Idina-Here: The Premiere Idina Menzel Resource

Idina Menzel sings praises of being a Broadway star to some, Elsa to others

When Idina Menzel sashays onto the stage at the Minneapolis Convention Center on Saturday for the annual PACER Center benefit, she’ll size up the audience.

When you’re a star of Broadway (“Wicked,” “Rent,” “If/Then”), recordings (“Let It Go”), TV (“Glee”) and movies (“Frozen”), you have various constituencies.

“I have to look into the audience. I don’t know how many kids are going to be in this audience,” she said by phone from Los Angeles. “I just try to do my show. I have to reconcile this demographic of young girls in blue dresses, older gay men, theatergoing parents. I try to do all kinds of different stuff.”

Of course, she’s going to deliver “Defying Gravity” and “Let It Go,” but will she throw in covers of Radiohead, Joni Mitchell, the Red Hot Chili Peppers or other surprises?

After dropping off her 6-year-old son at school on a recent morning, Menzel, 44, talked about “Frozen 2,” pop stardom and performing barefoot, among other topics.

Q: You will be performing at a benefit for PACER, which works with children with disabilities. How do you vet the benefits you choose?

A: It all comes down to how much I want to be away from my son, to be honest. So it’s more about scheduling. OK, he’s with his dad so I won’t feel so guilty about being away that weekend. Of course, when [the benefit is] for children, for some reason, I’m just drawn to that.

Q: What do you do when you know you can’t reach your high notes during a particular performance?

A: It happens a lot. I’m really good at improvising musically. I give myself an A, B and C show — all of them are really good but C has melodies that are a little easier. I’ve learned it’s not about the high notes that makes people get goosebumps, it’s about your connection, your heart and your soul with the song. … And the more successful you are, you put the mic out in the audience and they know the words and they’ll sing the high notes for you.

Q: Compare singing “The Star-Spangled Banner” at the Super Bowl last year with doing it at the White House’s Easter Egg Roll last month.

A: The [Easter Egg Roll] was pretty intense. I met the president right before and my son got to meet him. I told him I might put a cheat sheet down ’cause you make me very nervous. He said, “Don’t worry, if you forget the words, I’ll sing it.” To have both the Obamas standing on either side of you, the fear of screwing it up is pretty crazy. I had to focus on my son, so it took me out of the nerves a little bit. The Super Bowl was equal in nerves. The Super Bowl is bigger because it was live and the Easter Roll just streamed on some little thing but the president is watching you. They gave me the China Room to vocalize in.

Q: You’re working on a pop album — is it a goal for you to be a pop star?

A: Maybe it was a long time ago. Now I’m less goal-oriented. I’ve been around enough to see the ebb and flow of the music industry. I’ve been disappointed a lot. I just do it to work with the coolest people I can and they’re going to help me learn. “Frozen” kind of bridged a gap for me and got me on some pop radio stations.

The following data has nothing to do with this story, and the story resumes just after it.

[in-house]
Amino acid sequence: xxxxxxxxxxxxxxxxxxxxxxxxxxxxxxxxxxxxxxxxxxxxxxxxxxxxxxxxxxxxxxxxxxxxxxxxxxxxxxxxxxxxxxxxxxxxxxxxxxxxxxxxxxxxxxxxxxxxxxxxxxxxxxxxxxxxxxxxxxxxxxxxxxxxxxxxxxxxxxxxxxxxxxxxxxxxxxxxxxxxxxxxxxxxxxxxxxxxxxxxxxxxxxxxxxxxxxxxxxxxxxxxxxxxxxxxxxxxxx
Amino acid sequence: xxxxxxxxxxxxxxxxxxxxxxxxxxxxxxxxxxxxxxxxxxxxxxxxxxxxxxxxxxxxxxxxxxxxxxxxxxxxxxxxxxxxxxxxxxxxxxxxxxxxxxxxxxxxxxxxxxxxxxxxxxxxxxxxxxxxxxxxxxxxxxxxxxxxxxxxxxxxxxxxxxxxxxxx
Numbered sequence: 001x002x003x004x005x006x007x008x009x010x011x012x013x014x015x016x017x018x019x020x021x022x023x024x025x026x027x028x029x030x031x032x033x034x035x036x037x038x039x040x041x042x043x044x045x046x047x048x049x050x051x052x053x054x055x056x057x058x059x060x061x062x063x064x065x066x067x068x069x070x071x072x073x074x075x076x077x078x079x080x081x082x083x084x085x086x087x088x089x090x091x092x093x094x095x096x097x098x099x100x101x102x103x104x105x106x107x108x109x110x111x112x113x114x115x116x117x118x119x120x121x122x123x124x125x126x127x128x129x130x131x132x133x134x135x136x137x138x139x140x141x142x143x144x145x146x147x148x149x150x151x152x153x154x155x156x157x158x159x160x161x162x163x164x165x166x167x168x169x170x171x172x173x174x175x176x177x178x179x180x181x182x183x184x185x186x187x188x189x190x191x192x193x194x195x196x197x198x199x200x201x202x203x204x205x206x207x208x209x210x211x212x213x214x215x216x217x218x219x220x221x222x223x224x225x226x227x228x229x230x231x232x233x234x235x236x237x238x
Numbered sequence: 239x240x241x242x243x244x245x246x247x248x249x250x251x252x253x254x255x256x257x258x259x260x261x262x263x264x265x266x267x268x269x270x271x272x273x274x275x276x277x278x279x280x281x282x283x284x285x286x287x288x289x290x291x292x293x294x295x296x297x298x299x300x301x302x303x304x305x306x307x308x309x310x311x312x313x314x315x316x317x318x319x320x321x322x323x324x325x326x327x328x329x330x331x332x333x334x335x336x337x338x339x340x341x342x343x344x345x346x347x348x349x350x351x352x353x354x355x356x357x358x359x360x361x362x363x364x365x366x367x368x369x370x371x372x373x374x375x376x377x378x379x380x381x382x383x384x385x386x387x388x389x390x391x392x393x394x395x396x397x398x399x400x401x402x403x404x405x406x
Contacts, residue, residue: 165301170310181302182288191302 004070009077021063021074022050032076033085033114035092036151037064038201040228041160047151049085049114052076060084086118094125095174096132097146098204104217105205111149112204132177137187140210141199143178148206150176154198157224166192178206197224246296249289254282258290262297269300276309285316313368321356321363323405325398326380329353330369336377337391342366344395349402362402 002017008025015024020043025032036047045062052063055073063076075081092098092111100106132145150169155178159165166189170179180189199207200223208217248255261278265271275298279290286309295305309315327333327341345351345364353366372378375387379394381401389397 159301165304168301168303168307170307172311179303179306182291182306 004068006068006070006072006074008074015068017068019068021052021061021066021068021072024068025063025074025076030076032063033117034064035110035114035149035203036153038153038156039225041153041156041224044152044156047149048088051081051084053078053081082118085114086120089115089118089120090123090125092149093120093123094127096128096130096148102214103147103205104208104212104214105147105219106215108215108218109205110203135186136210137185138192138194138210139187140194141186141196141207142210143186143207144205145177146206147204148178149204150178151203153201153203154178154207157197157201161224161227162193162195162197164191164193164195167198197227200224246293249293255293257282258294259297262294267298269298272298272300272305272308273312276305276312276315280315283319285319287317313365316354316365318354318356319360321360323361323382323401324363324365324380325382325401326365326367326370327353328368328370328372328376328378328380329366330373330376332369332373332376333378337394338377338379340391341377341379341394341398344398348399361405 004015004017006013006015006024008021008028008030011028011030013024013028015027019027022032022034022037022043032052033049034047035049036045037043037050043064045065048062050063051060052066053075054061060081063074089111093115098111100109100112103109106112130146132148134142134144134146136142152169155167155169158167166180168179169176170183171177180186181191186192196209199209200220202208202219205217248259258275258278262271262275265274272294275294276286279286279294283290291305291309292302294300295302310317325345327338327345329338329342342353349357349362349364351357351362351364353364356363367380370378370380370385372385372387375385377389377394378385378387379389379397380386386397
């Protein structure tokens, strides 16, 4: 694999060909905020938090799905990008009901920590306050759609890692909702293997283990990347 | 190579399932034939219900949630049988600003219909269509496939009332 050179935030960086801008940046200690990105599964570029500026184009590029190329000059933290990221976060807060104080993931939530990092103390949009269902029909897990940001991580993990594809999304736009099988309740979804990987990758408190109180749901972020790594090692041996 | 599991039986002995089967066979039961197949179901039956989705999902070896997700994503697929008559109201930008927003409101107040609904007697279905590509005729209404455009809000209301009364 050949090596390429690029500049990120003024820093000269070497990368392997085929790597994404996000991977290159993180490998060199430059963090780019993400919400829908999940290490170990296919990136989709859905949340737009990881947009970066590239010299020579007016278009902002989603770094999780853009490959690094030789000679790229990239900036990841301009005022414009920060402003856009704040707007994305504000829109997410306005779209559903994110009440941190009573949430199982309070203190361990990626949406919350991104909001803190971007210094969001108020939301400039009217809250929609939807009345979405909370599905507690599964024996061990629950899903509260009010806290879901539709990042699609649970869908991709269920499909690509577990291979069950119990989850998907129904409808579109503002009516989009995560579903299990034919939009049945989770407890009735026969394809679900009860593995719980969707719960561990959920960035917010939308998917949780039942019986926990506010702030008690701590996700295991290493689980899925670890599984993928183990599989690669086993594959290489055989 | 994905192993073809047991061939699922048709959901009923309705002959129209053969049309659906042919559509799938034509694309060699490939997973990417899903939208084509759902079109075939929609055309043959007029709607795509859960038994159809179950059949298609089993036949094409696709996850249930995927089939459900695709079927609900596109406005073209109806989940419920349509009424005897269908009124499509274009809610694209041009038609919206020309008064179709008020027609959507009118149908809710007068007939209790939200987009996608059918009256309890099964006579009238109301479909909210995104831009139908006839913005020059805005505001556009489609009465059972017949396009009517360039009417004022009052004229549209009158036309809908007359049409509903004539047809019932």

Q: When you perform “Let It Go” in concert and invite the kids to come sing with you, you become a mom as much as a star.

A: Is that a compliment or was it kinda lame? When a crazy parent throws their little 3-year-old on a 6-foot stage, it becomes a precarious situation. There’s definitely a maternal thing that happens. I have my own connection to the song and what it means to me as a woman. It’s similar to Elphaba in “Wicked.” The two characters have a commonality: The really strong, fierce, unique woman who’s afraid to be all of those things for fear of being alienated. As women, we often worry about being our stronger, smarter self because someone’s not going to like it. I’ve felt that way in my life.

When I sing it surrounded by kids, it becomes a whole ’nother thing. It’s about kids finding their voice. I like to see kids be proud enough to sing out literally and figuratively.


Q: How much work have you done on “Frozen 2”?

A: Not that much. They’re still writing it. We know they want to do it with us and we want to do it with them.


Q: What does your son think of “Frozen”?

A: We were talking about it over pancakes this morning with a friend of mine and Walker said, “Aucccch. It’s so boring.” He’s a boy, there’s princesses. “Frozen” takes Mommy away from Walker. It means there’s strangers that come up to me. It’s just work to him, and it gets in the way. He does have an emotional connection to his mom singing, and it moves him but he doesn’t know why.

Q: Why do you often perform barefoot?

A: Honestly, I’m not that comfortable in heels. I like to feel the floor. I feel like I can get more into my technical diaphragm support as a singer. I give myself songs and notes that are challenging and to be worrying about teetering on heels — it’s one less thing to worry about. But certain outfits don’t look good in barefoot. So you have to have a trade-off once in a while. At the Oscars when I sang — nobody saw this — I had on the biggest platform, ugliest shoes underneath my dress so I’d feel tall, thin and pretty but they were like standing on blocks they were so strong.

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